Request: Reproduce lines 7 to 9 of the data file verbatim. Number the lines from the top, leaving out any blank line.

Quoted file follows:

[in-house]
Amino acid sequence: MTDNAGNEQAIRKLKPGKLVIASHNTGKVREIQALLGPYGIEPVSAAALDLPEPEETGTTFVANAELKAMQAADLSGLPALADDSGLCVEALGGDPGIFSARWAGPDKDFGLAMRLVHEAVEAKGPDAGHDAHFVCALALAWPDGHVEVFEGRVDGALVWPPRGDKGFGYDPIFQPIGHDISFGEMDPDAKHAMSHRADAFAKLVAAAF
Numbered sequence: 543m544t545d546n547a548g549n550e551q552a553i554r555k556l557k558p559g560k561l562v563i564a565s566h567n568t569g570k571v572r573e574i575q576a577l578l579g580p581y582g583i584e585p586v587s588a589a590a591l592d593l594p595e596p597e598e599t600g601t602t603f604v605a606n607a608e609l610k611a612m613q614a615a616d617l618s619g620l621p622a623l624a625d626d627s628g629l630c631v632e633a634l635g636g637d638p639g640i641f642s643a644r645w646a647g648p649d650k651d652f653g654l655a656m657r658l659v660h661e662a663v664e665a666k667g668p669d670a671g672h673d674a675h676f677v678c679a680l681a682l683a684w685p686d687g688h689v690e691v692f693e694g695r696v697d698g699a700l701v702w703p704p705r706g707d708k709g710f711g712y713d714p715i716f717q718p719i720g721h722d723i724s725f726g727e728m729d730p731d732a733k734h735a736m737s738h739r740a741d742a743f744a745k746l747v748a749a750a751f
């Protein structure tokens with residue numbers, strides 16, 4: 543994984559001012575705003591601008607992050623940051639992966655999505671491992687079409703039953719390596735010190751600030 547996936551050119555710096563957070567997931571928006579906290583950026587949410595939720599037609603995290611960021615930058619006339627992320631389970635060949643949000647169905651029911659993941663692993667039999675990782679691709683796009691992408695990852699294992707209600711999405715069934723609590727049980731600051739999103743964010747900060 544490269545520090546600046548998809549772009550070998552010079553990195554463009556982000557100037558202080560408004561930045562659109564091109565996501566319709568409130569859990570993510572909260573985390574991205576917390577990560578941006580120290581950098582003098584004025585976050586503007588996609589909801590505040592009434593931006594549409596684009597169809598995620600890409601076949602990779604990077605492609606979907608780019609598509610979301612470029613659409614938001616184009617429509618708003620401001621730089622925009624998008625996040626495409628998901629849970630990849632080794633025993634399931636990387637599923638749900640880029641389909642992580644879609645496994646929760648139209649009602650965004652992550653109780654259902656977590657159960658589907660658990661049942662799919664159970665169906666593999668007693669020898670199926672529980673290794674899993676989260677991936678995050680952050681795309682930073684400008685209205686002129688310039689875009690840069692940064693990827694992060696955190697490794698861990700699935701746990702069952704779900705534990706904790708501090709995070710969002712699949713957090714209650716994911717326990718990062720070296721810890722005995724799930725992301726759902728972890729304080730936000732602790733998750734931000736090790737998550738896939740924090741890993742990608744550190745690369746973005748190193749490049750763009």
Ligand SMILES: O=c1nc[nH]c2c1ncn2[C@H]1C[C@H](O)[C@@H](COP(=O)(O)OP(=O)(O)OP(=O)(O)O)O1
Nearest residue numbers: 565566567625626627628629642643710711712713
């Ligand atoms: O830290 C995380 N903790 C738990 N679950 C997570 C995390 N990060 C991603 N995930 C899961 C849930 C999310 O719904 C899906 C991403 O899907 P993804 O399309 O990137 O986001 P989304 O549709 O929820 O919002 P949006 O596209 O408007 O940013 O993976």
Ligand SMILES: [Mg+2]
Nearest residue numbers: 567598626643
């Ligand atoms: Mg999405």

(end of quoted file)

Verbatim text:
């Ligand atoms: O830290 C995380 N903790 C738990 N679950 C997570 C995390 N990060 C991603 N995930 C899961 C849930 C999310 O719904 C899906 C991403 O899907 P993804 O399309 O990137 O986001 P989304 O549709 O929820 O919002 P949006 O596209 O408007 O940013 O993976």
Ligand SMILES: [Mg+2]
Nearest residue numbers: 567598626643